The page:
Review: Jon Stewart has said in several interviews that one of The Daily Show’s biggest targets is hypocrisy, and that is certainly true of “America (The Book)”. Most mentions of the Declaration of Independence or the founding ideals of the country are accompanied by a parenthetical comment or footnote reminding the reader that at the time, “all men are created equal” meant “all white male property-owners are created equal.” A page of mock campaign buttons includes one with the slogan “My 5 slaves cast their 3 votes for…” There’s a fair amount of intelligent wordplay humor here – the table of contents identifies a section on foreign geography with the tagline “Denial: It’s not just a psychological defense mechanism.” But what often comes through is a certain amount of rage at the way America’s leaders and citizens have fallen short of its ideals. Continue reading
Story: In this collection of columns from the now-defunct Brunching Shuttlecocks, Sjoberg picks around five members of a given group, and then spends a paragraph making witty comments in praise or denigration of said items.
Review: The Ratings were my favorite recurring Brunching feature, and I’m very happy to see they now have their very own website. Sjoberg has a very smart sense of humor, and could probably teach Dennis Miller a thing or five about blending pop culture references with obscure facts to create humorous non sequiturs on seemingly inconsequential topics. Sometimes Sjoberg specifically targets pop culture phenomena – hence the ratings for Star Wars villains, Super Friends, classic video games, and so on – while other times he focuses on everyday items, cultural oddities, or longstanding pillars of our religious and social traditions. (You’ll find the ratings of the plagues of Egypt, for example, hysterical or blasphemous. I lean strongly to the former.) Continue reading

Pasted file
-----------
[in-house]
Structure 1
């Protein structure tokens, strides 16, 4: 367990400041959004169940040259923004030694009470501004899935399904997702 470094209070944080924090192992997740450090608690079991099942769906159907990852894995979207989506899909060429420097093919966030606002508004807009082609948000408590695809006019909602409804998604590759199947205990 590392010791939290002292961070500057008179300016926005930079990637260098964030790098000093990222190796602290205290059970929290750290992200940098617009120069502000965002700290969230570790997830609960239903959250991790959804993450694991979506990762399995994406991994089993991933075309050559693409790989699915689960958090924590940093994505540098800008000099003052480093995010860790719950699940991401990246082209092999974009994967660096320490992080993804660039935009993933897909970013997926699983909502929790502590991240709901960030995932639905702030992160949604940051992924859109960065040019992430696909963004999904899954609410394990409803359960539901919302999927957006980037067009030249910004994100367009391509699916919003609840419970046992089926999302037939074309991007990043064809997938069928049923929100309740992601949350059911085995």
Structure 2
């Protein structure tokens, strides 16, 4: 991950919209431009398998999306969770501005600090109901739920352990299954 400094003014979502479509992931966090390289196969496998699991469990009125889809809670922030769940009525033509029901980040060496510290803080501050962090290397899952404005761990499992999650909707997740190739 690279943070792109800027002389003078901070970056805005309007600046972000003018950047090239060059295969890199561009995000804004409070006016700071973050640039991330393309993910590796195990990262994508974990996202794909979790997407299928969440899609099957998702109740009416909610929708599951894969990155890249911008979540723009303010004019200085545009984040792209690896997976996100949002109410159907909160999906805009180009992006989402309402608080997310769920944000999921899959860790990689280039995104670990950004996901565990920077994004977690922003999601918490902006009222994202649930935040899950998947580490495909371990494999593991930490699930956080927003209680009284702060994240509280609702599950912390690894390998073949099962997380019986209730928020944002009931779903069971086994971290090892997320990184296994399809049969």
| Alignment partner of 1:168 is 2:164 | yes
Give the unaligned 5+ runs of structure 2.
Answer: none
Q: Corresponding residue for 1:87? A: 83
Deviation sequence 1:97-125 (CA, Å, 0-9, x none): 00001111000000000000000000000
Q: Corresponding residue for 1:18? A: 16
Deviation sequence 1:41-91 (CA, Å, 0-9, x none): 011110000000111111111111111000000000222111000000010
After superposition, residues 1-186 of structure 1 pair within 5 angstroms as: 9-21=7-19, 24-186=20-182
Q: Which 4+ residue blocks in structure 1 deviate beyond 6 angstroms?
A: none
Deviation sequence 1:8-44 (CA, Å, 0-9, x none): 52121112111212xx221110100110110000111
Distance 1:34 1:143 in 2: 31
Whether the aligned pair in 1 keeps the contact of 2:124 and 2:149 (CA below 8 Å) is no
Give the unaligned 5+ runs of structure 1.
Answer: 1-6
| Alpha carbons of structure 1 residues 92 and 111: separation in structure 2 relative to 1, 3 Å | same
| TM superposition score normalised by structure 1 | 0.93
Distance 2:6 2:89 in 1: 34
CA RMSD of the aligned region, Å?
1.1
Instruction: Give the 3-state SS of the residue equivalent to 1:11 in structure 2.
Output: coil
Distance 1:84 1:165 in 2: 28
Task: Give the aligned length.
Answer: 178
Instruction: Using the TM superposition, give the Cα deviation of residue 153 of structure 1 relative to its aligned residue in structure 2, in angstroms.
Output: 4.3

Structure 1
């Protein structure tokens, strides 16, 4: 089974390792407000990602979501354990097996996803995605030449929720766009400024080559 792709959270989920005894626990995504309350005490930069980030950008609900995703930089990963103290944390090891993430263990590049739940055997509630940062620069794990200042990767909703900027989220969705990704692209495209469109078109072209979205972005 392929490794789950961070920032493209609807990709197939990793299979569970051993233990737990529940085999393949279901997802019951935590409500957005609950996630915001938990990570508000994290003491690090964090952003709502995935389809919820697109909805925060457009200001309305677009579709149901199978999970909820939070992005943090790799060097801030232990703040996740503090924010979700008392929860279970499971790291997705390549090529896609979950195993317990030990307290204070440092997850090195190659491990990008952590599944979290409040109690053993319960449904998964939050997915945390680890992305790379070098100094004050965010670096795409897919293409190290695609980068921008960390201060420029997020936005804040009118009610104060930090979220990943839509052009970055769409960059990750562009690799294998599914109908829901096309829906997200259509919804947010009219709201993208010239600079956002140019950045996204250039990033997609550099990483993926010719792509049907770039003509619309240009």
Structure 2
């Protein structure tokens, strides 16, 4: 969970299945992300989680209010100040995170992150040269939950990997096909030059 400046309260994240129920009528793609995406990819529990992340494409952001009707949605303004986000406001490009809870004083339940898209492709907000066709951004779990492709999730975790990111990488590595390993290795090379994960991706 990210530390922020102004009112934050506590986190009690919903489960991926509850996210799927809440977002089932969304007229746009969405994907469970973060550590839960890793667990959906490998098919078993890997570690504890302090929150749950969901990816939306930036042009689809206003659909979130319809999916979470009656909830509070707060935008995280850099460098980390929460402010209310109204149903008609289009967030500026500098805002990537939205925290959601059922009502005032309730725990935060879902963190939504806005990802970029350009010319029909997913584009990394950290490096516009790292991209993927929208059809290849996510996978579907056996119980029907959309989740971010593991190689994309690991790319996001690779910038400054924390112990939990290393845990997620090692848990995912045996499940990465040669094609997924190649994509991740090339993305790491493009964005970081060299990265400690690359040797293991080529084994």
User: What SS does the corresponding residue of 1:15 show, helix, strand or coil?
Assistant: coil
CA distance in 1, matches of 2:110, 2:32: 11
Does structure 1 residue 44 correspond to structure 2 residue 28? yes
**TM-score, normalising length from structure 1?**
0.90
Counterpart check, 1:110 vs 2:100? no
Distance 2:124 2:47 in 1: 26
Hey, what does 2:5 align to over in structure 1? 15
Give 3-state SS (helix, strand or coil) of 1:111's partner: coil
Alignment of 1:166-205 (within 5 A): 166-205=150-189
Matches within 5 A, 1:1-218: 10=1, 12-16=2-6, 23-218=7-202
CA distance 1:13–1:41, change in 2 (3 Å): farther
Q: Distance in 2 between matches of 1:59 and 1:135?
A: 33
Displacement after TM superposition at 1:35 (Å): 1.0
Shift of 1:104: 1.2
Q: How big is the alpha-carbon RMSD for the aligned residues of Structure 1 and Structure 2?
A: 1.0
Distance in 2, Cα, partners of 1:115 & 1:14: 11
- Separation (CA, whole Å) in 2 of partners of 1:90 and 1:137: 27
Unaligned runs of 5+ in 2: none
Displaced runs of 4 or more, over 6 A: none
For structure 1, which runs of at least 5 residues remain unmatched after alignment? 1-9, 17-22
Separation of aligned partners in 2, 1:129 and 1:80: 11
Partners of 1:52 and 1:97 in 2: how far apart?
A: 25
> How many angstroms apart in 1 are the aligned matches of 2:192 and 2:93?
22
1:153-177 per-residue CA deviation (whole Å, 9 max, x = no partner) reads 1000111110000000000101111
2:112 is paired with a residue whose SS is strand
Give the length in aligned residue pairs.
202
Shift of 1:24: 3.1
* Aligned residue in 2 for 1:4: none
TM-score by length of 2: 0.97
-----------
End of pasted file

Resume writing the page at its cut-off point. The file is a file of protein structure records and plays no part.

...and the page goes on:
Story: Dave Barry collects some of his newspaper columns to form a “100% Fact Free Book.”
Review: In a way, “Dave Barry’s Bad Habits” is the reason my own website exists. When I read it in 1989, my career ambition began to shift toward journalism, and while like many other plans that one has since been relegated to the scrap heap, the skills and interests I developed while pursuing it have been funneled into Not News. So clearly I think this is a fine book. While it probably won’t cause you to go home and rethink your life, you should get a lot of chuckles and a few belly laughs out of the book. Continue reading
Story: Comedians Ben Stiller and Janeane Garofalo dispense relationship advice both plentiful and disturbing, using the rather unfortunate model of their own failed celebrity romance as the basis of their words of wisdom. Stiller later goes off on tangents involving new-age affirmations and an attempt to discover himself on a cross-country trip. Garofalo takes well-earned potshots at the Hollywood concept of what makes people attractive.
Review: Ben Stiller and Janeane Garofalo’s vocalization of their own Feel This Book self-help spoof does a rare thing – it exceeds the potential and enjoyment of the original medium when performed vocally. Continue reading